Singapore’s ambition to become a global fintech centre has its limits.
The mania around bitcoin has helped catapult the question of digital currencies on to the desks of central bankers. Sweden is considering issuing one, while Axel Weber, the former head of Germany’s Bundesbank and now chairman of Switzerland’s UBS, said in November that the world’s monetary authorities should be open to creating digital currencies rather than confining the money supply to notes and coins.
Ravi Menon, the managing director of the Monetary Authority of Singapore, is not persuaded.
“What does it [central banks issuing digital currency to the non-bank public] mean?” asks Mr Menon in an interview with the Financial Times at his office in Singapore. “It means that you and I will have cryptocurrency deposits in the cloud with a private key that’s issued by the central bank. Whose liability is it? It’s the central bank’s liability directly to the individual.”
“Why would the central bank want to do that?” he adds, furrowing his brow. “If there’s any sense of nervousness about the banks, you will have a bank run; everybody is going to go into the central bank [with their deposits] . . . And, if people placed their deposits with central banks, who’s going to extend credit?”
His conclusion? “In practical terms, I think, that’s a long way off . . . one of the last things you’d want to think about doing.”
It is a stance that is at odds with the many fintechs — start-ups that want to harness technology to disrupt or improve the financial services industry — that the MAS is trying to lure to Singapore who would love to help the central bank develop an infrastructure that can support digital currencies. But the role Mr Menon has held since 2011 has always involved a delicate balancing act.
“That’s been our basic modus operandi, to be both a regulator and a promoter,” he says. “Our governing mandate, is very clear: financial stability has predominance over financial development.”
Share this graphic In the case of cryptocurrencies, that means the MAS is working on digital currency for interbank transfers, and has also invited companies to work with it on capital raising through digital currency (initial coin offerings) under limited circumstances.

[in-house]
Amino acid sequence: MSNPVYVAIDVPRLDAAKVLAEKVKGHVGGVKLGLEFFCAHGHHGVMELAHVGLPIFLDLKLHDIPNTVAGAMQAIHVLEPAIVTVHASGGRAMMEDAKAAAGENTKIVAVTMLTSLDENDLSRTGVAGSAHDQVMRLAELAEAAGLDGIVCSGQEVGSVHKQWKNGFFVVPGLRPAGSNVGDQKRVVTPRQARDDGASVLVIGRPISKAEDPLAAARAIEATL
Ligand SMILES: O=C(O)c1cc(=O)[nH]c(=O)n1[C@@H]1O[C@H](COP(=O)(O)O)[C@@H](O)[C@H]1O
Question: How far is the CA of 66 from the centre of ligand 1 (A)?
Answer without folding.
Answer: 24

The financial stability arm of the MAS is also keeping a watching brief on the convulsions of bitcoin and other cryptocurrencies. Bitcoin surged to a record $19,511 in the middle of December, according to Bloomberg data, has swung violently ever since and is now trading at about $13,830.
Mr Menon worries that a bitcoin crash could “potentially cast a larger shadow over fintech, over innovation . . . That’s a problem with bubbles, it’s too much and it undermines confidence.”
But he is not worried enough to contemplate a bailout for anyone caught up in a bitcoin collapse. “Why would you want to bail out people from their folly?” he asks.
“These [cryptocurrencies] are issued by private agents; I think the role of the government is to warn people, which several of us have done.” Beyond its ambitions in fintech, Singapore, along with Hong Kong, is the fastest growing wealth management hub in the world, with about $1.2tn of offshore money managed there, according to research from Boston Consulting Group.
Most global investment banks already have some presence in Singapore, and it might soon become a bigger hub for some of them. Mr Menon said a number of banks are considering running their Asian trading businesses locally rather than through Hong Kong.
“If the activity is here, I’d rather have the risk management here because then my supervisors can keep a close watch,” he says. “There’s a dialogue and deep understanding, so we always nudge them in that direction; we always tell them, look, 60 per cent of activity in Asia is done out of here . . . Why don’t you house your risk management here, rather than far-off London if it makes commercial sense to you? Because it makes prudential sense for us; it’s a preference but not an imperative.”
Several banks are considering shifting their Asian trading businesses to Hong Kong. Mr Menon insists that Singapore will not offer a more friendly regulatory regime to win banks’ markets or wealth management business. “We don’t want to have the kind of reputation some offshore havens have,” he says. “I think, in our actions the last couple of years, we’ve shown that this is a very strong law-and-order kind of place and keeping the system clean is really up there alongside keeping the system stable.”
Navigating the world of fintech and cryptocurrencies, however, may provide Mr Menon and the MAS its biggest challenge this year.